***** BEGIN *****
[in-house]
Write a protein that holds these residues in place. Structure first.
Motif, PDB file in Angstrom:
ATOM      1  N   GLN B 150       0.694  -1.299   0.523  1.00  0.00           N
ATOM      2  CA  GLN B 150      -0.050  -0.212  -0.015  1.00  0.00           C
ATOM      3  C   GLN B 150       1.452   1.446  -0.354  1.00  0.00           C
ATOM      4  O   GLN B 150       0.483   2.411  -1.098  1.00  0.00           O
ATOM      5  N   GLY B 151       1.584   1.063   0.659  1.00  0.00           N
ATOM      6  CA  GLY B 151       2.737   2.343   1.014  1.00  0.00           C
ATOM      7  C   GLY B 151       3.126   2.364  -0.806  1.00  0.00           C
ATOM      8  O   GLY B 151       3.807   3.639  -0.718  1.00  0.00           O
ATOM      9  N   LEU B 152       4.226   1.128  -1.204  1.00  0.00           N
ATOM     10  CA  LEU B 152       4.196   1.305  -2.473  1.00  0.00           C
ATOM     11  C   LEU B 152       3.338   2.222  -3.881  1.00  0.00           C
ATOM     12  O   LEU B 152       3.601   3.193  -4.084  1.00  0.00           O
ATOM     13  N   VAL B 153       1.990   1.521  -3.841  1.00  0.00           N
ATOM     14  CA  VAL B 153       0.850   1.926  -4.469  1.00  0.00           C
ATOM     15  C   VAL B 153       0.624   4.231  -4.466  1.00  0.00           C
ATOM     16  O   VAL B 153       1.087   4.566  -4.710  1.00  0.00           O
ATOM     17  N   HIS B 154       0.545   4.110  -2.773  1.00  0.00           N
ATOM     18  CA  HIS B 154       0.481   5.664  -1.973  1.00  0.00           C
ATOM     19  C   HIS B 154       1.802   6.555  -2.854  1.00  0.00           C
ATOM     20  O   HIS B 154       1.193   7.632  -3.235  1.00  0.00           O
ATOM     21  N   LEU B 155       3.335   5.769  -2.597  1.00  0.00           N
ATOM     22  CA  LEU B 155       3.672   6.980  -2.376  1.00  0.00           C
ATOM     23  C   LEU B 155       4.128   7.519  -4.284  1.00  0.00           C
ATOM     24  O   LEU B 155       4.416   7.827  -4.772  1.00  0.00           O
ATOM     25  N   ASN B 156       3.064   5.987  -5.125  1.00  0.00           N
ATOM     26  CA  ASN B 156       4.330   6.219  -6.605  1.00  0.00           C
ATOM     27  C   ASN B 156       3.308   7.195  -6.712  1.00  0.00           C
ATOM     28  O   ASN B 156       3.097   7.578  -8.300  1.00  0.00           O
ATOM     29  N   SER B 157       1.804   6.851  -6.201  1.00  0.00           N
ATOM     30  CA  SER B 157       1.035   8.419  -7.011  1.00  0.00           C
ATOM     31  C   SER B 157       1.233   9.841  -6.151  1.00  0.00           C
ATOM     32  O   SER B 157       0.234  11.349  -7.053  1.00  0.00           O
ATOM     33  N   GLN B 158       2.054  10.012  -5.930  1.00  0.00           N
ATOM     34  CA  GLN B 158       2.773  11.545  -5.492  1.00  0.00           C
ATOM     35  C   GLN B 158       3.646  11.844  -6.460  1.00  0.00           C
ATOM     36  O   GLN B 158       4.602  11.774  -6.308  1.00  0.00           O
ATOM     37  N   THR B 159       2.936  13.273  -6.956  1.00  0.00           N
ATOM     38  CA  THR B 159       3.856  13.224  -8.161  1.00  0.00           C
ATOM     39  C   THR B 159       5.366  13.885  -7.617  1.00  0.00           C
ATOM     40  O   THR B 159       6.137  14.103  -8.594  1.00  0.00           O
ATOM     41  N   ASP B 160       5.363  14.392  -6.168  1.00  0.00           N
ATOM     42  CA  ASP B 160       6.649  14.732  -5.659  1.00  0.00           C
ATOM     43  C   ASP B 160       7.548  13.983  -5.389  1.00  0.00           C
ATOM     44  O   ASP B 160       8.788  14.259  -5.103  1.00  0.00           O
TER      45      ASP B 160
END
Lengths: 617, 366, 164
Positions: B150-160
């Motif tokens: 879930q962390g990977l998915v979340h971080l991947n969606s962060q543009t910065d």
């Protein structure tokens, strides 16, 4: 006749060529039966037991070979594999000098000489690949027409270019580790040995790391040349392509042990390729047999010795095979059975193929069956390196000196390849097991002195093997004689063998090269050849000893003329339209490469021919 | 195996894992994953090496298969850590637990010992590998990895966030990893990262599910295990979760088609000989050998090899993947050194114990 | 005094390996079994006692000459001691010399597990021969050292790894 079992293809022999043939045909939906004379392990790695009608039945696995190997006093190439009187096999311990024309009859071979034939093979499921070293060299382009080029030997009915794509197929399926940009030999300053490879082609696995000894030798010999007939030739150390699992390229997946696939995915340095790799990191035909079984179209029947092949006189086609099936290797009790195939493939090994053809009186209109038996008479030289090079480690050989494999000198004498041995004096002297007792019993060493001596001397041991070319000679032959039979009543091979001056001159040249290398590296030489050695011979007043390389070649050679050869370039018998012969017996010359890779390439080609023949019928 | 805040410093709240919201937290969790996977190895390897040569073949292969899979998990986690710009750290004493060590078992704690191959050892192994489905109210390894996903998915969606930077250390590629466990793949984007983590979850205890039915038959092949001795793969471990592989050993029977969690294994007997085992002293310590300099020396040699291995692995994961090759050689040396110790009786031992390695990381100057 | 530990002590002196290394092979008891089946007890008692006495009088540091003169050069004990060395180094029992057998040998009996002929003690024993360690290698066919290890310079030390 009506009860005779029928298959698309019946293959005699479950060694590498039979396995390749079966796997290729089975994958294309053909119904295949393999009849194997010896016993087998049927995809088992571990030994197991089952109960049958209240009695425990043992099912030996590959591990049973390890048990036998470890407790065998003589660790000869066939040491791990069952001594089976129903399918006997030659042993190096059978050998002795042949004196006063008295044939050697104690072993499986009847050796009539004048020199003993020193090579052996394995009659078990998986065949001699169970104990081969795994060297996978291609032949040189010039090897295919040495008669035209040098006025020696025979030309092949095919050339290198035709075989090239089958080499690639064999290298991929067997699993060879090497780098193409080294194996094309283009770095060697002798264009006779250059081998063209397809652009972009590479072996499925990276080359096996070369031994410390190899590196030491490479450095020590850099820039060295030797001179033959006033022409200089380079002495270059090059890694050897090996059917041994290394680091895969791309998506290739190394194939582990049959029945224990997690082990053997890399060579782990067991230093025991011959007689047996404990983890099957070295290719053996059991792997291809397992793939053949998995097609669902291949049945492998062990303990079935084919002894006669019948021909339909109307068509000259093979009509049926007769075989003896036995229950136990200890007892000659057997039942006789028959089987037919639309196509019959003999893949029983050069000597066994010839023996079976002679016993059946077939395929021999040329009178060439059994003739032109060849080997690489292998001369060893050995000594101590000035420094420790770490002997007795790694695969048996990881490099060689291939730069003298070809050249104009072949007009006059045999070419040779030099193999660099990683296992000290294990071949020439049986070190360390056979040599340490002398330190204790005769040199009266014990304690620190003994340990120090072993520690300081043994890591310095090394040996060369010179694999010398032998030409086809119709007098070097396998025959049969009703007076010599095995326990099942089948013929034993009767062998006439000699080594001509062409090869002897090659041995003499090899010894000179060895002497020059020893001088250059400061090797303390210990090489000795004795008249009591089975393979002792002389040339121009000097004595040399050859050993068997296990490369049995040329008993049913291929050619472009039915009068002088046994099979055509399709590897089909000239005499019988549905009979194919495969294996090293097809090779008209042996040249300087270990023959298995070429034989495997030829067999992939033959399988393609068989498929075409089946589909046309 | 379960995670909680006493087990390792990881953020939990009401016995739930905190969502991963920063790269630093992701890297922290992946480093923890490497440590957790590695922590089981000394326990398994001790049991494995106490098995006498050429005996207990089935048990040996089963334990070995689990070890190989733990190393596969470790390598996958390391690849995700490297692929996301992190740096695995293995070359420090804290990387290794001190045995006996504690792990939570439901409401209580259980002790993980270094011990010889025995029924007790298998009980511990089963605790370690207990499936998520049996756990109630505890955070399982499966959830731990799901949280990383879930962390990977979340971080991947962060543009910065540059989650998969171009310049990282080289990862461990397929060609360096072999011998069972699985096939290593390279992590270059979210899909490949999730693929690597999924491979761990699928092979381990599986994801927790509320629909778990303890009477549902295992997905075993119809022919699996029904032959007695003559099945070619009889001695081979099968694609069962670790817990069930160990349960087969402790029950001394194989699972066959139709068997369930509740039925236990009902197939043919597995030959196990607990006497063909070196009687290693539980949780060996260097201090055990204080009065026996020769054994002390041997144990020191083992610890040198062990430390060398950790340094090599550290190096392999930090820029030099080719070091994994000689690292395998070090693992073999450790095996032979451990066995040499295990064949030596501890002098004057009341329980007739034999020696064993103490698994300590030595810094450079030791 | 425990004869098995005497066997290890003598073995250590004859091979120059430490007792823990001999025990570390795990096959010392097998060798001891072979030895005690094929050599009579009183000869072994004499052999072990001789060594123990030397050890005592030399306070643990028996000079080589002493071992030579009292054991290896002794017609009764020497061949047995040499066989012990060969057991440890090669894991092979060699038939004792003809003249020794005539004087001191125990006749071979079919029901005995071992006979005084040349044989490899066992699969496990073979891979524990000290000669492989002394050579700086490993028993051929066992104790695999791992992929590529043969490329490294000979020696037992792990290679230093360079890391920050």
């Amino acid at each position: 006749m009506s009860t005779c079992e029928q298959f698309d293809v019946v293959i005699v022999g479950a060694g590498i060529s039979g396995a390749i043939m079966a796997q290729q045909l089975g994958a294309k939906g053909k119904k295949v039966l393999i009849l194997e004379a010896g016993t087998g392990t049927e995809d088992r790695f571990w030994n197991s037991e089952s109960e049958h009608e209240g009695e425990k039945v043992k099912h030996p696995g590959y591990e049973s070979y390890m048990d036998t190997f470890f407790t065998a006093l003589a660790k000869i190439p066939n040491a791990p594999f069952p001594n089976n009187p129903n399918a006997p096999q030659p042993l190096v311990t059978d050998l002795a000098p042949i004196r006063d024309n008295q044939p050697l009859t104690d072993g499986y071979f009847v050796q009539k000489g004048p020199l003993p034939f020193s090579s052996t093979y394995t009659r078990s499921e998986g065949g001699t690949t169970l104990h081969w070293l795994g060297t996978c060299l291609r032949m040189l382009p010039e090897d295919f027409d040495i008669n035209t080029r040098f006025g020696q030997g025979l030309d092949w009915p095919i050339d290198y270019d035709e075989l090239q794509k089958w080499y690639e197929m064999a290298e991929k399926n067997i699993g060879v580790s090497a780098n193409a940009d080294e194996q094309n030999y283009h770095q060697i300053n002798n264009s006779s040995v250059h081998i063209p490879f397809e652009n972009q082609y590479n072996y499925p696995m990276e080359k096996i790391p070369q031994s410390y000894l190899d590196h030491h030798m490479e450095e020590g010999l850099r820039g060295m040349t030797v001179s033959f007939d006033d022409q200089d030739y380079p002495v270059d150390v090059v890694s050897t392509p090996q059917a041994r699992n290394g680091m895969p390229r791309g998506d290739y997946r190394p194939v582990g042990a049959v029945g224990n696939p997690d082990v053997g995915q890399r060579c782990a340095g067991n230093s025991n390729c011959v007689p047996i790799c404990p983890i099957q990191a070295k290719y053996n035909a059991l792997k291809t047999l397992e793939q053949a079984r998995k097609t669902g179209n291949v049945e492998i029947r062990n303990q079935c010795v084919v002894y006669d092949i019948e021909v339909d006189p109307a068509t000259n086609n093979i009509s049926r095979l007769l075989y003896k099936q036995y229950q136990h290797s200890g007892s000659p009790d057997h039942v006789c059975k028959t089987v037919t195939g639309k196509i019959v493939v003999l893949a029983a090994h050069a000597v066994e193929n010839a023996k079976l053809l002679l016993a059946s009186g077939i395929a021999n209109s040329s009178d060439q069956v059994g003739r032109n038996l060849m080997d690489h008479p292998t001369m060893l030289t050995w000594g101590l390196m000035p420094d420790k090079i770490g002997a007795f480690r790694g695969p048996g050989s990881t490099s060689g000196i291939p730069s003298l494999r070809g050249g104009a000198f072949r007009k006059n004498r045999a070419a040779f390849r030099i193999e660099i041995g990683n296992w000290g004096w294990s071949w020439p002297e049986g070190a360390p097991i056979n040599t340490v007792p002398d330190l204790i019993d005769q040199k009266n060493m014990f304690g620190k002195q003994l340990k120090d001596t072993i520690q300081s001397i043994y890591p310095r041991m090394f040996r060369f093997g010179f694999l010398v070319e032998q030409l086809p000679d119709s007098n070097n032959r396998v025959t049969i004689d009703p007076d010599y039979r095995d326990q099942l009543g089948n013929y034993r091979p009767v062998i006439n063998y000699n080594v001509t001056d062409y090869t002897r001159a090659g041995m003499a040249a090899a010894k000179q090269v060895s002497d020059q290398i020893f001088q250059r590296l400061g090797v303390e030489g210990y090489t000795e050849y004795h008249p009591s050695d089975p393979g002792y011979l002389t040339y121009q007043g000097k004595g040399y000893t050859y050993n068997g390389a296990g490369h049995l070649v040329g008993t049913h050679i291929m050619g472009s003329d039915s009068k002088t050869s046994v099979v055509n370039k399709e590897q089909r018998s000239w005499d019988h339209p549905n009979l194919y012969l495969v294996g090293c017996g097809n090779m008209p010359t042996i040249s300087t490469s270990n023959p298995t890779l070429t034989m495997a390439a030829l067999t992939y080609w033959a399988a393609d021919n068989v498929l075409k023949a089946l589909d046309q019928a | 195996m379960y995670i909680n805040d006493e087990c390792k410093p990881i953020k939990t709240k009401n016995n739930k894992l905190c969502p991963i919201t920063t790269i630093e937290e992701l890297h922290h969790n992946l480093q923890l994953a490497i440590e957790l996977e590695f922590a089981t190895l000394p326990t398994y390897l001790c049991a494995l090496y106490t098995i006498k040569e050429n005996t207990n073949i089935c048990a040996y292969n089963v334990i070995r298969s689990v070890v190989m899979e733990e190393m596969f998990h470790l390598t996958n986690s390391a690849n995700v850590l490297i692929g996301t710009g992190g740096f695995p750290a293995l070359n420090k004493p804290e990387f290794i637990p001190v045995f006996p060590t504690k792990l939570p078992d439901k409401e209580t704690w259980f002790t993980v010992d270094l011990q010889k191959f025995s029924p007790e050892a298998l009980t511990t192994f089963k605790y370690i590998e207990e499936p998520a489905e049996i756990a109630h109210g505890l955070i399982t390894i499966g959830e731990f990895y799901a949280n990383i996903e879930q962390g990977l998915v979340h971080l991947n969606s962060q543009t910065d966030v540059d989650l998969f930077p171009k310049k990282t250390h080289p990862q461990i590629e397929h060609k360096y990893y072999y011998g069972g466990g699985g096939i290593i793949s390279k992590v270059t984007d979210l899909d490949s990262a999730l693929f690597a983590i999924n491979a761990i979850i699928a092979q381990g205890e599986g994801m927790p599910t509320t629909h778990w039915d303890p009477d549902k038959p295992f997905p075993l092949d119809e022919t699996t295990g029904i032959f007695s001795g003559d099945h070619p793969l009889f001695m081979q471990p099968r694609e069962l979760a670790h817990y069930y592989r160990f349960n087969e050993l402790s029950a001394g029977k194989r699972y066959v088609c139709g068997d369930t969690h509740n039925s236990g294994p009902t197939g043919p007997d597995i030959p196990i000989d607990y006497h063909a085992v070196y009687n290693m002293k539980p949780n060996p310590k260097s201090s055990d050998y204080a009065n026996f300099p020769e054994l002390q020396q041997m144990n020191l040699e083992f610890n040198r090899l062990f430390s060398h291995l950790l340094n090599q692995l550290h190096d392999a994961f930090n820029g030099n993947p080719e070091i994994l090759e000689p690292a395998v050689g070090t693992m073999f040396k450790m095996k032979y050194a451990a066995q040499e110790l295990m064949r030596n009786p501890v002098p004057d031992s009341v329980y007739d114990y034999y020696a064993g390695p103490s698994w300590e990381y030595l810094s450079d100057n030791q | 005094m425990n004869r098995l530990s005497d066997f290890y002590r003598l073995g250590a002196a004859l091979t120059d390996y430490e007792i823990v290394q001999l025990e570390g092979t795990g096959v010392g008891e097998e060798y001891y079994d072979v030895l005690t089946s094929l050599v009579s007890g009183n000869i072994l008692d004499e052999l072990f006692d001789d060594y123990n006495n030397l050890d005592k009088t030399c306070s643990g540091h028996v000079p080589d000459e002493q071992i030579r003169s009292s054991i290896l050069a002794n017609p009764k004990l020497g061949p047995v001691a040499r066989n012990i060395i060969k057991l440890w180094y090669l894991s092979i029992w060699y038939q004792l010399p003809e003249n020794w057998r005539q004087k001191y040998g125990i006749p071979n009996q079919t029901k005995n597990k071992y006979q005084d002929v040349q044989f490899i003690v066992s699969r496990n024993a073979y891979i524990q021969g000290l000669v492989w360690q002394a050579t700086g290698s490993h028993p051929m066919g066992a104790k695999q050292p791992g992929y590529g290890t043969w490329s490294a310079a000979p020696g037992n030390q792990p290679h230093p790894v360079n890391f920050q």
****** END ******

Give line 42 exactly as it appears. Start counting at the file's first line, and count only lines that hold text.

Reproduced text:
ATOM     39  C   THR B 159       5.366  13.885  -7.617  1.00  0.00           C